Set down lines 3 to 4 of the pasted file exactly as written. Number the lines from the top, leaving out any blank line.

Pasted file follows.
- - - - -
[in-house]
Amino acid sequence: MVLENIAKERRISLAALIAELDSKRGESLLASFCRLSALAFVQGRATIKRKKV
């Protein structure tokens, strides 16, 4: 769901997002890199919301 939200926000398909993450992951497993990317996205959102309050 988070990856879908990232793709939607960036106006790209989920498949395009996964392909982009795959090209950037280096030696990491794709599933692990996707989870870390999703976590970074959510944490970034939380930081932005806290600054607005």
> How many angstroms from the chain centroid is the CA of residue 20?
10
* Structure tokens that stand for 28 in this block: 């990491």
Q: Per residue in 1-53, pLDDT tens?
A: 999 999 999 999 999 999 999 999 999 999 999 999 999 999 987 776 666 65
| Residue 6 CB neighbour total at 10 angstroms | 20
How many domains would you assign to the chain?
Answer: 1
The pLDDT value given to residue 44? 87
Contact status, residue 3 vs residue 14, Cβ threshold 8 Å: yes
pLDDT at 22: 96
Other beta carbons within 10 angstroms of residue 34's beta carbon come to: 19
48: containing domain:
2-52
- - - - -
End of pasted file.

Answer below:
């Protein structure tokens, strides 16, 4: 769901997002890199919301 939200926000398909993450992951497993990317996205959102309050 988070990856879908990232793709939607960036106006790209989920498949395009996964392909982009795959090209950037280096030696990491794709599933692990996707989870870390999703976590970074959510944490970034939380930081932005806290600054607005």
> How many angstroms from the chain centroid is the CA of residue 20?